But if the OP is really going 'ice climbing' then certainly two tools are best for anything remotely like water ice or NZ3+ and above. Tools like the Venom can be a good compromise and are better for self-arrest, with their classic curve pick. Taller climbers will find modern tech tools way too short for using like a trad general axe on easier ground, and many of them are crap for plunging. They're not designed for that.

It depends what the OP is really doing. If you are flying up to Pioneer in winter/spring, you could take a pair of tech tools and a longer general axe. For the steeper mixed routes on Mallory, Barnicoat, Douglas etc use the two tech tools. If you are going for the N shoulder route on Tasman most of it will only need the longer axe but take the tech hammer as well. For Lendenfeld you'd just want the longer axe.

But if the OP is walking/skiing up to Empress, for Hicks etc, then just take the two tech tools. Ditto if they are going in to Wye Creek, Bush Stream etc for water ice.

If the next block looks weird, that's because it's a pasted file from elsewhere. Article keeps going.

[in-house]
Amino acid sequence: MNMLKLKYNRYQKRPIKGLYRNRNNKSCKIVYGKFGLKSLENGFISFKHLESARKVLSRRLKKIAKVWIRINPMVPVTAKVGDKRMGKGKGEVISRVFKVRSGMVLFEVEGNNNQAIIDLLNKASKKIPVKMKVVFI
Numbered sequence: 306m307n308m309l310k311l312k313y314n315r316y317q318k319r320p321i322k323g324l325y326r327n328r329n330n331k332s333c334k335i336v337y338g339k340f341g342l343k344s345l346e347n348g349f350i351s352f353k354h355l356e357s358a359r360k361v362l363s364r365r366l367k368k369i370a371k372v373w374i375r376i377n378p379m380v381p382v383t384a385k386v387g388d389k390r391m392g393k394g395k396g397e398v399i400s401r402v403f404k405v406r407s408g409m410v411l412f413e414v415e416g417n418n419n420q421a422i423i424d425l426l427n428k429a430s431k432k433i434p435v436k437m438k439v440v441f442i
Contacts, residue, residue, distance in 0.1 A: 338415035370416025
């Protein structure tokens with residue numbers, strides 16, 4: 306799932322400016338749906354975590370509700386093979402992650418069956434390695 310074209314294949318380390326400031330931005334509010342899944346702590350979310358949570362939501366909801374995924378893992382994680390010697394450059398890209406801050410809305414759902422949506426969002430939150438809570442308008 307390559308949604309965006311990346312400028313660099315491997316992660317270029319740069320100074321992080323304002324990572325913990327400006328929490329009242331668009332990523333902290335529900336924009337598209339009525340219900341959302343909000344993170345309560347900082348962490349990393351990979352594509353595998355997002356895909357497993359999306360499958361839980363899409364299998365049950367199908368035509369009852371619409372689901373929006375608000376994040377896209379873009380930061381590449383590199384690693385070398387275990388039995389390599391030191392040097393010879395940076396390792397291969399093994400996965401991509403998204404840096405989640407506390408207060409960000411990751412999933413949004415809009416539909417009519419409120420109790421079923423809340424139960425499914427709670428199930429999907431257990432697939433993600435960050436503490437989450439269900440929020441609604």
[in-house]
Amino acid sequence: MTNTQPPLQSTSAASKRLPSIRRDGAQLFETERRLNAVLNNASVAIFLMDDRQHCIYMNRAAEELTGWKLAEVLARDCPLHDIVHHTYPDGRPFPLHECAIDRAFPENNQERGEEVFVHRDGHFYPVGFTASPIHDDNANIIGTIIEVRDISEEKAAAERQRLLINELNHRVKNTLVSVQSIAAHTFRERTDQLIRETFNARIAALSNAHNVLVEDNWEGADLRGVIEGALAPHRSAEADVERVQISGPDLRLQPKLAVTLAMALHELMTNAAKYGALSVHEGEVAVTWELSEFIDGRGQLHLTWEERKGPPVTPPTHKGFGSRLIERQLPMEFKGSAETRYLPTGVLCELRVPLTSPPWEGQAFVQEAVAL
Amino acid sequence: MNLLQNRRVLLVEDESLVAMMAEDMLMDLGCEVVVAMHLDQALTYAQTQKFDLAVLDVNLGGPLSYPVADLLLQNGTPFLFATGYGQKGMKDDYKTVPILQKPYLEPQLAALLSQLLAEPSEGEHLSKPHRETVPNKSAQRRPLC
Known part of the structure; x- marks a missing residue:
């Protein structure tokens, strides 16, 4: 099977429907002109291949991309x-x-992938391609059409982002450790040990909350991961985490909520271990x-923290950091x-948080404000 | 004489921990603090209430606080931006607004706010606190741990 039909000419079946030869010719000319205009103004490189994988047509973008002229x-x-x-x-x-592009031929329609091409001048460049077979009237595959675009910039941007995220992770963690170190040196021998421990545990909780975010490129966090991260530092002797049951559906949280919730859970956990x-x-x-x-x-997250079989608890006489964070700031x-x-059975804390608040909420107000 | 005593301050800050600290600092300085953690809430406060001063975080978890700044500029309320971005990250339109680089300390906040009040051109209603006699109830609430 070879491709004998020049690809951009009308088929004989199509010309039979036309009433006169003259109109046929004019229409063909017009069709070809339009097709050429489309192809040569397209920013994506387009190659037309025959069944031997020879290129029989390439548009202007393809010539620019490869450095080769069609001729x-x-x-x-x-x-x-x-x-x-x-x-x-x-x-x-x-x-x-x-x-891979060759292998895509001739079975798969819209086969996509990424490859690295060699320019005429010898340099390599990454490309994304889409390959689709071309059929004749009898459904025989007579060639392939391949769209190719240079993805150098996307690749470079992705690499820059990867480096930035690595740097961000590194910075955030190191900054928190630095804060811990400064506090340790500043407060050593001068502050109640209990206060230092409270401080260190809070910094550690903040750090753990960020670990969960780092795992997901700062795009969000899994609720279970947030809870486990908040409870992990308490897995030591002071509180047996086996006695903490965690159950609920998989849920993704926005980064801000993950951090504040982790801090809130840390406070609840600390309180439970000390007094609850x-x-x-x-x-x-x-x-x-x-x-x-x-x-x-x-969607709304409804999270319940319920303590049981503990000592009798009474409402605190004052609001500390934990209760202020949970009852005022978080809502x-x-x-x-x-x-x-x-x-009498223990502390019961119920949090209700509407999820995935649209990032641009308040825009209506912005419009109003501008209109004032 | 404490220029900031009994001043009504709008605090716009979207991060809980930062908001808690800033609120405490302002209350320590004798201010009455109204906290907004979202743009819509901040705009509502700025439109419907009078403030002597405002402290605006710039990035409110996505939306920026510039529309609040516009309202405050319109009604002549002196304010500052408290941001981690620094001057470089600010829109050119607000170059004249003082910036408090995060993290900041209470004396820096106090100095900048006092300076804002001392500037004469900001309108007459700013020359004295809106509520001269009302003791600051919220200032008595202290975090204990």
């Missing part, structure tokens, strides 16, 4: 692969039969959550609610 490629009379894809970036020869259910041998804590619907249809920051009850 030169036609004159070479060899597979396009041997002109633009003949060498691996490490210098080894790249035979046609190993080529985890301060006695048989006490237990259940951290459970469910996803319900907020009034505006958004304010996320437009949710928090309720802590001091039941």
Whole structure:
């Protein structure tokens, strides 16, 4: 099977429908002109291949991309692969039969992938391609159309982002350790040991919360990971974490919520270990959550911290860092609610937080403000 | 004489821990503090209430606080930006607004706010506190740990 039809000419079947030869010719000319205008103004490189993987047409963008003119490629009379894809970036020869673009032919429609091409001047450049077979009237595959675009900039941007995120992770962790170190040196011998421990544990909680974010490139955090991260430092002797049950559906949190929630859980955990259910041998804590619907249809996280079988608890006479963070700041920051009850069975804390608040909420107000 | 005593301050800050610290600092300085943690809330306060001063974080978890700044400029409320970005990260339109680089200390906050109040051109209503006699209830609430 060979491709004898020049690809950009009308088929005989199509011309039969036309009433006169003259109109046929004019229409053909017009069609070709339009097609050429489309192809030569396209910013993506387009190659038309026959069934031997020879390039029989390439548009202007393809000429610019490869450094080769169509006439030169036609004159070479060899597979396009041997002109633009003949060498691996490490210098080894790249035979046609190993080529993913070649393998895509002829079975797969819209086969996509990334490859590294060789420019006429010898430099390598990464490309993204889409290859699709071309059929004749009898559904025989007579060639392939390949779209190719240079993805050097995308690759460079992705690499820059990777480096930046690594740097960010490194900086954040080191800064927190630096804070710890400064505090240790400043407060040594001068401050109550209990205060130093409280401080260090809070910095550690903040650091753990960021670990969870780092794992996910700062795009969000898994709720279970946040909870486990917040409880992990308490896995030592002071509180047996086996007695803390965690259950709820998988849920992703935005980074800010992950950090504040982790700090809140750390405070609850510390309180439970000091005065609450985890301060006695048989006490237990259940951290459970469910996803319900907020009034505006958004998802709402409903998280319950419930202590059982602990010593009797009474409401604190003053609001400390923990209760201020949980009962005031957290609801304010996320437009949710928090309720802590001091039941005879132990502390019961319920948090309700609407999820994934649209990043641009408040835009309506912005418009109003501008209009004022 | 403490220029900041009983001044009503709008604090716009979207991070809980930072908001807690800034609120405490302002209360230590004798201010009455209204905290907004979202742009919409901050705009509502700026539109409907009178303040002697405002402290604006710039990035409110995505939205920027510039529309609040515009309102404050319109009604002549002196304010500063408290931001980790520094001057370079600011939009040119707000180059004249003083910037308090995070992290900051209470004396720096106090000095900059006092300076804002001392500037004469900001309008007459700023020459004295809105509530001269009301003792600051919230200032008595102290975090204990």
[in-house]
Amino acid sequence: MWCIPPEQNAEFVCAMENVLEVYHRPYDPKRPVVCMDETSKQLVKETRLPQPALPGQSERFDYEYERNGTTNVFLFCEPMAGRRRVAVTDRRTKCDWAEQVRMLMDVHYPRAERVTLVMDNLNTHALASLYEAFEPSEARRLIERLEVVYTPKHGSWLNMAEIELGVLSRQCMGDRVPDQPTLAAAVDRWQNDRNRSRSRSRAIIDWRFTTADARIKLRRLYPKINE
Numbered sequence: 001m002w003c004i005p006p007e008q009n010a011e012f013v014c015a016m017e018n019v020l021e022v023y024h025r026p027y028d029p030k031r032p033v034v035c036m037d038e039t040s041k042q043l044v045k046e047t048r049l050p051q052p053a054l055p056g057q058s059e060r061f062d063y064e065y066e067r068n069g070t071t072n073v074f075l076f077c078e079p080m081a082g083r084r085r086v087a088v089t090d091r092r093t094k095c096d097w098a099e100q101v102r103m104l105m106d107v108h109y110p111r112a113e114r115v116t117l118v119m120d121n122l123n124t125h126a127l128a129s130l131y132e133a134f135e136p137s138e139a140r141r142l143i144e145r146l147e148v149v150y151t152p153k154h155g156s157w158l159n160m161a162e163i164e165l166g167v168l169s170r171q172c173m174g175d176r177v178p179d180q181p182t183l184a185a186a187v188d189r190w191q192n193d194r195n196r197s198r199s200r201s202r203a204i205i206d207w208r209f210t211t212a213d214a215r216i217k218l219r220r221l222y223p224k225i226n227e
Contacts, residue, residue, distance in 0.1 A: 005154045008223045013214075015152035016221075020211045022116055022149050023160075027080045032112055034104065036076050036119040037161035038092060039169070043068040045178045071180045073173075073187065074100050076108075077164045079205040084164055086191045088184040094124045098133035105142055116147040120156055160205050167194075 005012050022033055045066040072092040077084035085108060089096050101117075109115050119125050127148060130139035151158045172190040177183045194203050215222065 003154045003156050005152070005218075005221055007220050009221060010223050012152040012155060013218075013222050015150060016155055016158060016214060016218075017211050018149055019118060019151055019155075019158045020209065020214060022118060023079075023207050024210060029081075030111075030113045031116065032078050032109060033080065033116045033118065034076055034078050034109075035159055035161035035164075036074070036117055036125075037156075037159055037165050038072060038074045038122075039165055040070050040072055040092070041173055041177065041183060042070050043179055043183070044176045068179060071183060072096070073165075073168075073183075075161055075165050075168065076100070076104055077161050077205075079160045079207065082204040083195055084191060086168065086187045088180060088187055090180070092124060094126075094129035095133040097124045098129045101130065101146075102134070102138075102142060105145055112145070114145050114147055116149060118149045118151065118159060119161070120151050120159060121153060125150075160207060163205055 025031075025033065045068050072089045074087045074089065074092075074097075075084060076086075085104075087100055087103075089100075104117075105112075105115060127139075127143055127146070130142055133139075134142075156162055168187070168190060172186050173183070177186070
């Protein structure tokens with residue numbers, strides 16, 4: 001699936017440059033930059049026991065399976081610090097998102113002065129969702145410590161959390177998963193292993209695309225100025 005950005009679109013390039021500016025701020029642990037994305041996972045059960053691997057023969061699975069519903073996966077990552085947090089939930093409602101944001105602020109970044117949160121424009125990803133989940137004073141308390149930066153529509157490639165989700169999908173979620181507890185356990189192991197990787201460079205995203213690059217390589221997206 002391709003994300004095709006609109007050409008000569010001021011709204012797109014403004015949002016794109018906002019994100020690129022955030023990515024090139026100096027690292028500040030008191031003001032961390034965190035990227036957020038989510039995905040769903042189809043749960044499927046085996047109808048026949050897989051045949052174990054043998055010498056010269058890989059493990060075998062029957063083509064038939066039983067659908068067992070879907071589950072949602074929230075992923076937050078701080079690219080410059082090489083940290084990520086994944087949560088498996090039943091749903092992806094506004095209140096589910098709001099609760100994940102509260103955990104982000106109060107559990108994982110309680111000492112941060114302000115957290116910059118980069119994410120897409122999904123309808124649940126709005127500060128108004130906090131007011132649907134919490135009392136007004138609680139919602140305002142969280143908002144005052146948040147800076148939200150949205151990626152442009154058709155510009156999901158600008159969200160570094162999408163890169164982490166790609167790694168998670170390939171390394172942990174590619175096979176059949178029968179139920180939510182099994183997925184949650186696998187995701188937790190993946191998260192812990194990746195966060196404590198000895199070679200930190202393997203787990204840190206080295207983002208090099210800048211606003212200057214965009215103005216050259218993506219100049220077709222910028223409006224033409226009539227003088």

There are 9 messages in this topic.


Home | Guide | Gallery | Tech Tips | Articles | Reviews | Dictionary | Forum | Links | About | Search
Chockstone Photography | Landscape Photography Australia | Australian Landscape Photography | Landscape Photos Australia

Please read the full disclaimer before using any information contained on these pages.

Australian Panoramic | Australian Coast | Australian Mountains | Australian Countryside | Australian Waterfalls | Australian Lakes | Australian Cities | Australian Macro | Australian Wildlife
Landscape Photo | Landscape Photography | Landscape Photography Australia | Fine Art Photography | Wilderness Photography | Nature Photo | Australian Landscape Photo | Stock Photography Australia | Landscape Photos | Panoramic Photos | Panoramic Photography Australia | Australian Landscape Photography | High Country Mountain Huts | Mothers Day Gifts | Gifts for Mothers Day | Mothers Day Gift Ideas | Ideas for Mothers Day | Wedding Gift Ideas | Christmas Gift Ideas | Fathers Day Gifts | Gifts for Fathers Day | Fathers Day Gift Ideas | Ideas for Fathers Day | Landscape Prints | Landscape Poster | Limited Edition Prints | Panoramic Photo | Buy Posters | Poster Prints